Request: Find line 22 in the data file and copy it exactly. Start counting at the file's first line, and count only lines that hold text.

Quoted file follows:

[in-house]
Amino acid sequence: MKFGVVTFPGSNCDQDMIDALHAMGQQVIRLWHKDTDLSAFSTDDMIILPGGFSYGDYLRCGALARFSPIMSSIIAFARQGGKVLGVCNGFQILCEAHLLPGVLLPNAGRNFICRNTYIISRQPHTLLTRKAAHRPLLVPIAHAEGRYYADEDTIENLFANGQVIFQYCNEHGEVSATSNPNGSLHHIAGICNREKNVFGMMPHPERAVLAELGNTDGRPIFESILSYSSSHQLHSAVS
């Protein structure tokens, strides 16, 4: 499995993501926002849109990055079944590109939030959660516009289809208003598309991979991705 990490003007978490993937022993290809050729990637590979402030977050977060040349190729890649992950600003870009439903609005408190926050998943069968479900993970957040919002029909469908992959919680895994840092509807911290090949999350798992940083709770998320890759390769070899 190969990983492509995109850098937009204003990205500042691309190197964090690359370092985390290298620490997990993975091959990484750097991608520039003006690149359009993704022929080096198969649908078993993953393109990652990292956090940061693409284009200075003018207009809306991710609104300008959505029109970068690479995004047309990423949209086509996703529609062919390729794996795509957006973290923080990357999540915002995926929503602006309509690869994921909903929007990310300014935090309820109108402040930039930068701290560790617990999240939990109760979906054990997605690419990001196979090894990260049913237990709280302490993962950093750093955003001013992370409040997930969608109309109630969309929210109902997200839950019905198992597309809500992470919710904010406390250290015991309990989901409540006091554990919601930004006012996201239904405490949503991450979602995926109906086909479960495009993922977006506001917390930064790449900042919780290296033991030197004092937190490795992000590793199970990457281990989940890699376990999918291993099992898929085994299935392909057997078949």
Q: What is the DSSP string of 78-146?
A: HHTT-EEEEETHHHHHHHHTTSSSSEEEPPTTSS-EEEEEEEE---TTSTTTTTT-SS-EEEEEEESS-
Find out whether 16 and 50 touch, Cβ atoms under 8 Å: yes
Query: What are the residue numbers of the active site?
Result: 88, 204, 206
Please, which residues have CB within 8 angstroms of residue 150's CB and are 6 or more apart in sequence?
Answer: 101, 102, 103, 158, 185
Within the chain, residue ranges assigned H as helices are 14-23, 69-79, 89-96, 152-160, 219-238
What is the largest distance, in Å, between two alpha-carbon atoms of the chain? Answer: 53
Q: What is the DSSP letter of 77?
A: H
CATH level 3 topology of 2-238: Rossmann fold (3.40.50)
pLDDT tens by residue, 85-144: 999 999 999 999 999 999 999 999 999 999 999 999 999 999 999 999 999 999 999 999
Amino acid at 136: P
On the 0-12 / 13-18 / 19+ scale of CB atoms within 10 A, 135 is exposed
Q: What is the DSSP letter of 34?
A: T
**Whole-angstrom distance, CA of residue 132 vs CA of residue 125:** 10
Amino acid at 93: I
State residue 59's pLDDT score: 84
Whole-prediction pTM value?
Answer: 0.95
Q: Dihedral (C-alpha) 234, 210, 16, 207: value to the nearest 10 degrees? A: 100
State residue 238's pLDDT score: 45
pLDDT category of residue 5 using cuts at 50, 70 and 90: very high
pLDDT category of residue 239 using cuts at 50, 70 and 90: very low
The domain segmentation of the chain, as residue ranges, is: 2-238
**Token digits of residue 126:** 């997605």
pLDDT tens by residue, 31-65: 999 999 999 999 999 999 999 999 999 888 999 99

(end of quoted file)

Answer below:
Amino acid at 93: I